Years ago an old industry friend said to me that he thought the future of electronics manufacturing lay in the basement of Xerox.
He might be more right than he knew.
Eugene Chow isn’t a household name in the PCB industry, but he probably should be. One of the speakers at PCB West this month (see the conference catalog in the digital issue of this magazine), Dr. Chow is principal scientist and manages the Microsystems Technology area at PARC, formerly the R&D arm of Xerox. Among PARC’s foci is research on flip-chip packaging applications, and Dr. Chow’s work covers MEMS, packaging and printing. A serial inventor with more than 60 patents to his name, Dr. Chow is at the forefront of technology, where much of the innovation is so leading-edge, he readily acknowledges it could be a decade or more before commercialization would be feasible.
At PCB West, Dr. Chow will discuss PARC’s development of microsprings for IC packaging and probing. The springs are made with deposited metal thin films and are lithographically defined, capable of fine pitch (6µm demonstrated) and low profiles (<5µm). This particular technology has present-day applications, having found use in commercial probe cards. The springs can be used for metal pad pressure contacts, enabling at-speed test of die in MCMs before bonding. Such a capability could preclude the need for known good die and dramatically reduce the cost to produce MCM packages and modules.
So there’s that. But speaking to Dr. Chow last month ahead of the Sept. 15-17 show, what I found even more compelling was his discussion of PARC’s research into directed assembly, or what he calls “geography technology.” PARC is working on a truly next-generation component packaging process that entails something of a “soup” of chips, parts that are small enough to join together and be “told” digitally where to go. This is true blue sky research, the likes of which is often cited as missing in electronics today. As with most of its projects, PARC is looking for commercialization partners, and Dr. Chow plans to use some of his presentation time to reveal these innovations. Even in a three-day program of almost 70 presentations from some of the top names in the design, fabrication and assembly industry, I’d say this one’s a “can’t miss.”
Freebies. One of the aspects I’ve loved about PCB West since first attending the show back in – gasp! – 1994 has been its emphasis on training. This year’s conference is no different, but in addition to the three days of extended presentations (the majority are at least two hours in length, which gives presenters and attendees plenty of time to really dive into a subject), the show will feature two free full-day tracks on Sept. 16, with topics ranging from signal integrity to metal-backed boards and common design errors. Traditionally design heavy, this year we’ve added several hours’ worth of free assembly-related topics.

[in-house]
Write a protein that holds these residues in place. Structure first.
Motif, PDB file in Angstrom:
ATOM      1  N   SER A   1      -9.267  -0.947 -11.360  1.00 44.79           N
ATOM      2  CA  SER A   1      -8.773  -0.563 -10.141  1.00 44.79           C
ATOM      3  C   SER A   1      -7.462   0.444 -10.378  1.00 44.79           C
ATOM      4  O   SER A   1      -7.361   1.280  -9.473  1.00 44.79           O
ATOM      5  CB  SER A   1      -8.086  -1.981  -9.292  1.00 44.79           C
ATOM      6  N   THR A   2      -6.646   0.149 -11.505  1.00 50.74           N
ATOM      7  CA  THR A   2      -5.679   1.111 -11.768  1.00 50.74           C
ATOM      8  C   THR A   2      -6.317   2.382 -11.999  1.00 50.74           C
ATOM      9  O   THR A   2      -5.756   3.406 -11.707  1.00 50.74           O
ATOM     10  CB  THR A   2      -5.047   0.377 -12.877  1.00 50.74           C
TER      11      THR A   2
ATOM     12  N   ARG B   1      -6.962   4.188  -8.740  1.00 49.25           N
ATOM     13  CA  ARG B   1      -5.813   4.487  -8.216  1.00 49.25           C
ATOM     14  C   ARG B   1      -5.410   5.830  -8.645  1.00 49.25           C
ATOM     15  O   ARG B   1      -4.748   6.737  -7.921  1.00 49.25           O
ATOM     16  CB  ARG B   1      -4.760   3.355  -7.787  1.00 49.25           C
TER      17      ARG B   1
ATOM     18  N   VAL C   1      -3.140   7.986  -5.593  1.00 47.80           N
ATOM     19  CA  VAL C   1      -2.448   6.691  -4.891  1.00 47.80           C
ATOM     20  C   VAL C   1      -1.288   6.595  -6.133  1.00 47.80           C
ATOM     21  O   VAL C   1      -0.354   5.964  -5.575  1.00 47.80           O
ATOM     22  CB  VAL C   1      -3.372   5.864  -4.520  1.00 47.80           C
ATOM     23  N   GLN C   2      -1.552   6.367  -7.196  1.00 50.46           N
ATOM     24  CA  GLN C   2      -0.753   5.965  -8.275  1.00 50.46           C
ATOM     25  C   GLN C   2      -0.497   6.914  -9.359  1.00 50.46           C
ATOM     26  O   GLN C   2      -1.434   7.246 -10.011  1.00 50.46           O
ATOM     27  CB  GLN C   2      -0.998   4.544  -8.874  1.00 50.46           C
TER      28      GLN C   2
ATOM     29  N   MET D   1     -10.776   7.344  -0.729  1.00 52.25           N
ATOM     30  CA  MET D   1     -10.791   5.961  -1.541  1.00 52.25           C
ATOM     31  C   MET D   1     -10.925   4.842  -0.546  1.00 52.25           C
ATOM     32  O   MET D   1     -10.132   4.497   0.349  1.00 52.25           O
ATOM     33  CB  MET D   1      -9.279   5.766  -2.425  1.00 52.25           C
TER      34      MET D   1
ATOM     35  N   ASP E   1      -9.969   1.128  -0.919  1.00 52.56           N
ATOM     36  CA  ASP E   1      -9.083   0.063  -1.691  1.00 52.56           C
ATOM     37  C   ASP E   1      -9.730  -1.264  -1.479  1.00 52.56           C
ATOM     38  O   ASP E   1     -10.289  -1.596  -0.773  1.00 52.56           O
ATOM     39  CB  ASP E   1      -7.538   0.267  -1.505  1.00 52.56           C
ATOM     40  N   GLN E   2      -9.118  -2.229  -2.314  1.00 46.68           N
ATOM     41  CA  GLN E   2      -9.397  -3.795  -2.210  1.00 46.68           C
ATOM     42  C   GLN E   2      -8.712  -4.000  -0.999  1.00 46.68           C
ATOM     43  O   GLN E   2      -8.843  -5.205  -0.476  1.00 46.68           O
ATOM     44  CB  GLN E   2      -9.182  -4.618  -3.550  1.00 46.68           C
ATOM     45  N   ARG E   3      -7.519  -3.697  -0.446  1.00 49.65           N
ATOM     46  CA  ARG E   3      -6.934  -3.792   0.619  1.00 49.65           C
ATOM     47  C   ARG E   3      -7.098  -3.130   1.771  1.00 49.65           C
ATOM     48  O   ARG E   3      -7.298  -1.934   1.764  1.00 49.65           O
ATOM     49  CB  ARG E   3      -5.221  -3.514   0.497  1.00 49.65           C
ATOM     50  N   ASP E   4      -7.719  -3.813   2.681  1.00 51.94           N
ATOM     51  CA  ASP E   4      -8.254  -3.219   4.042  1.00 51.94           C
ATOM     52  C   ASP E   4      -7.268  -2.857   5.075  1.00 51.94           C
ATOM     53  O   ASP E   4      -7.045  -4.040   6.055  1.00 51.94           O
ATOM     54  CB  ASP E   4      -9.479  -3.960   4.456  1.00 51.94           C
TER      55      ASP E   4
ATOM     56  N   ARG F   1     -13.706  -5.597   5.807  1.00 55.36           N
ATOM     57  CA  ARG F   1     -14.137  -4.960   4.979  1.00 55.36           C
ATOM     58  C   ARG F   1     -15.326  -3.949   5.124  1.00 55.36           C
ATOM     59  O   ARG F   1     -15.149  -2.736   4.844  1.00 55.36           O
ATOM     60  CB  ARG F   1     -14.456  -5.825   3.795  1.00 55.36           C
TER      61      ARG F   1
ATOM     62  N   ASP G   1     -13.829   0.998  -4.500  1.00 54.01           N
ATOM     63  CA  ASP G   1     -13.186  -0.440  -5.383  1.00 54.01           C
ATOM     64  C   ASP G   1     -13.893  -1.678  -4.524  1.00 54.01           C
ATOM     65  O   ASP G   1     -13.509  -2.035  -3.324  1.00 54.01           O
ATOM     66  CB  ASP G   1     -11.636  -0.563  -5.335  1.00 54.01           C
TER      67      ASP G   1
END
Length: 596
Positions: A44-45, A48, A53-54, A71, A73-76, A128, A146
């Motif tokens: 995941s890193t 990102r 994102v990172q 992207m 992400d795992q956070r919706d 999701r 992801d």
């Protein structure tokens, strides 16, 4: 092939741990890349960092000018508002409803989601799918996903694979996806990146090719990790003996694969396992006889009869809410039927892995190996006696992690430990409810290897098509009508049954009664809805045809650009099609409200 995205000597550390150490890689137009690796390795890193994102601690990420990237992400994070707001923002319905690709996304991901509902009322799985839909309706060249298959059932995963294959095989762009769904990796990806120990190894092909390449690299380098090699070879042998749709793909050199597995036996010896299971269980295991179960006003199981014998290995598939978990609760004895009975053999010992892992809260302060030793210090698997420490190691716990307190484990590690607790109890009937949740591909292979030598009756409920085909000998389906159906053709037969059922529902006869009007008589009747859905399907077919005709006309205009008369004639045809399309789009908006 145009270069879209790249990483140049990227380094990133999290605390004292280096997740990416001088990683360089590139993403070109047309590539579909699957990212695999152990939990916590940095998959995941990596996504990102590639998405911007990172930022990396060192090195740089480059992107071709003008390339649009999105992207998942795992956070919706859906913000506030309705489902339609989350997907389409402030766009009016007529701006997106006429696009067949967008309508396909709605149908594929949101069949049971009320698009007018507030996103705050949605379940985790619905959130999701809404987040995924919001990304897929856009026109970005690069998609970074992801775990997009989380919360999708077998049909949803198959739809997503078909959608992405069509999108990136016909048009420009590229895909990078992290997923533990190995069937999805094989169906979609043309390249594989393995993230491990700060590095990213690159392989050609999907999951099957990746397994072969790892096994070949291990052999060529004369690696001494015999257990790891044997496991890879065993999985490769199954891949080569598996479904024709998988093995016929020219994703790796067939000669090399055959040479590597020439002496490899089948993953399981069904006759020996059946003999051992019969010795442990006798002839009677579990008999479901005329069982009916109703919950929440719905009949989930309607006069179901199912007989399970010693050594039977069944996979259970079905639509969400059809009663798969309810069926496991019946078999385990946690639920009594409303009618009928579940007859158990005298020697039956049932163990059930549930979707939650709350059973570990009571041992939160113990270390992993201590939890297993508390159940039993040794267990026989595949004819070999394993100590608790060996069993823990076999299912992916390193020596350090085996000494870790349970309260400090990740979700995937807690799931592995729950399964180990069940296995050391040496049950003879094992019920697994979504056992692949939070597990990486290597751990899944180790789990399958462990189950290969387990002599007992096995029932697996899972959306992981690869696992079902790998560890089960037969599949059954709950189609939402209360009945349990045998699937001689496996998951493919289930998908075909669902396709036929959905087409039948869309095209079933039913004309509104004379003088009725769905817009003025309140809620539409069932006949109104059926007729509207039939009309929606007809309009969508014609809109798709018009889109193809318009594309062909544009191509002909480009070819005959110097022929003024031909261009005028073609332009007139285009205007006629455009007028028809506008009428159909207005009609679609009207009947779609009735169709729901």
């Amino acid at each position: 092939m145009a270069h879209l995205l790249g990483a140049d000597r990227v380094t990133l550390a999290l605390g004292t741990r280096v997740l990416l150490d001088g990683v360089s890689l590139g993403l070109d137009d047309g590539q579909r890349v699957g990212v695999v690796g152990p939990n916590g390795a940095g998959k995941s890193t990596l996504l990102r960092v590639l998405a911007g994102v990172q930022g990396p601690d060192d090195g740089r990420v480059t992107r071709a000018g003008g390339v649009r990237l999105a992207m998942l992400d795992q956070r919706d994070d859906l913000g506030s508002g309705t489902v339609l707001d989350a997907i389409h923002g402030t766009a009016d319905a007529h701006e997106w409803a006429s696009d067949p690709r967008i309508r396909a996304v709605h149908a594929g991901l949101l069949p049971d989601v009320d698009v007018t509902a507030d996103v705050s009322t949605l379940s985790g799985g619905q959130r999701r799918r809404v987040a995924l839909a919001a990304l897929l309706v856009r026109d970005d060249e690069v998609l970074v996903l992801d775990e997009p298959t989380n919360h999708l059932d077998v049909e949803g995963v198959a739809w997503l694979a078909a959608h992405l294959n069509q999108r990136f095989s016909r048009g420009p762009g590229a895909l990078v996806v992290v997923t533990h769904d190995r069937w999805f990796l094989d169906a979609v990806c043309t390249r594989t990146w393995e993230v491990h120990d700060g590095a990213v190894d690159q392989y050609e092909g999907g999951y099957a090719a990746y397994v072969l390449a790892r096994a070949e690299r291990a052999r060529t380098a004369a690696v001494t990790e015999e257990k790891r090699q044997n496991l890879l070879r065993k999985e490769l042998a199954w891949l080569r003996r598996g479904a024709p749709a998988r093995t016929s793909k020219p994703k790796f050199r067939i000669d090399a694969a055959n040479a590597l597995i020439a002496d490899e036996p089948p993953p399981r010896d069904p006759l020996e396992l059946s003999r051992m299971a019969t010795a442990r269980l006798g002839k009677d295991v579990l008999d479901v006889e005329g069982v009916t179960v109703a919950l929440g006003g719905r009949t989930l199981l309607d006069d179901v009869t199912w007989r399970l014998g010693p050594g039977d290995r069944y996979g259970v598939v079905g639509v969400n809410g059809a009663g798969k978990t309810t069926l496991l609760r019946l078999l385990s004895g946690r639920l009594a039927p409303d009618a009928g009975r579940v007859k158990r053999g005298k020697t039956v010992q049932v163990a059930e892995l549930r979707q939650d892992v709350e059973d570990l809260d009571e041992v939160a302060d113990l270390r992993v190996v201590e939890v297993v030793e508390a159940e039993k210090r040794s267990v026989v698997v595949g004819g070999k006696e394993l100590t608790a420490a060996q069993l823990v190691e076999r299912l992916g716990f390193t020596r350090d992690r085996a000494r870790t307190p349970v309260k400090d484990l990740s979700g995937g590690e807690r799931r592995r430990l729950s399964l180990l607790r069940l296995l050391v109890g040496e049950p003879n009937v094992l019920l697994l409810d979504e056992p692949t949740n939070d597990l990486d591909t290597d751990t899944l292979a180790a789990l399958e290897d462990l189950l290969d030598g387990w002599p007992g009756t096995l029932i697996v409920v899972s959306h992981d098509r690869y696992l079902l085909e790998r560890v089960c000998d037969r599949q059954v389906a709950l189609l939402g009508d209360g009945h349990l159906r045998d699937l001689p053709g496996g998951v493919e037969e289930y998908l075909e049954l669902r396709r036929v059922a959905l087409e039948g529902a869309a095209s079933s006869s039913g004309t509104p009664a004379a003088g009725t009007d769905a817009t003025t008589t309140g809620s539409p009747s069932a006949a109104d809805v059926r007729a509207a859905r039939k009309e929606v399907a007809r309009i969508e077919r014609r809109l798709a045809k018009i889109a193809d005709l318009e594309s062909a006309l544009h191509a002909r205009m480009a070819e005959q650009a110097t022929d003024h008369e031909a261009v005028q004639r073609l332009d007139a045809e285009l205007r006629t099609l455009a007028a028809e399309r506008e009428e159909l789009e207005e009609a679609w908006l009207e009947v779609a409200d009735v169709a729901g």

Among the assembly highlights, Dr. Denis Barbini of the Univeral Instruments Advanced Process Laboratory will look at how the continuous decrease in component size brings new reliability challenges. We know, of course, that the microstructure of solder joints greatly affects electronic package reliability. Dr. Barbini will cover the impact of various surface finishes on the microstructure of SAC 305 LGAs, BGAs and CSPs.
Last year’s event attracted more than 2,600 registrants and nearly 1,750 attendees in PCBs, assembly and test. Especially for those in the Silicon Valley, PCB West really is the ideal place to see the top CAD and CAM vendors, as well as scores of PCB fabricators and electronics assemblers. Visit pcbwest.com for details.
In praise of JoAnn. A few words about JoAnn Stromberg, who is retiring at the end of this year. JoAnn is, simply put, one of the finest persons I’ve had the pleasure of knowing over the course of my career in the PCB industry. She has been head of SMTA since 1997, and in that time developed a well-deserved reputation for integrity, fairness and above all, listening. Through all the years, even as SMTA grew from a startup society of engineers to an international organization with more than 50 chapters spanning four continents, I never received a piece of mail from JoAnn that wasn’t hand-signed and with a little note at the top. It was usually something simple, such as “Hi, Mike!” but her human touch always made my day.
That touch inspired fierce loyalty among the core members of SMTA. JoAnn’s attention to detail, and refusal to take the path of least resistance simply because it was easiest, made her a true supporter of the “little guys” who make up so much of the industry, and for whom SMTA was not just a line item on the professional résumé but a lifeline to networking and advanced education.
JoAnn, for your support, your wisdom and most of all, your friendship, thank you.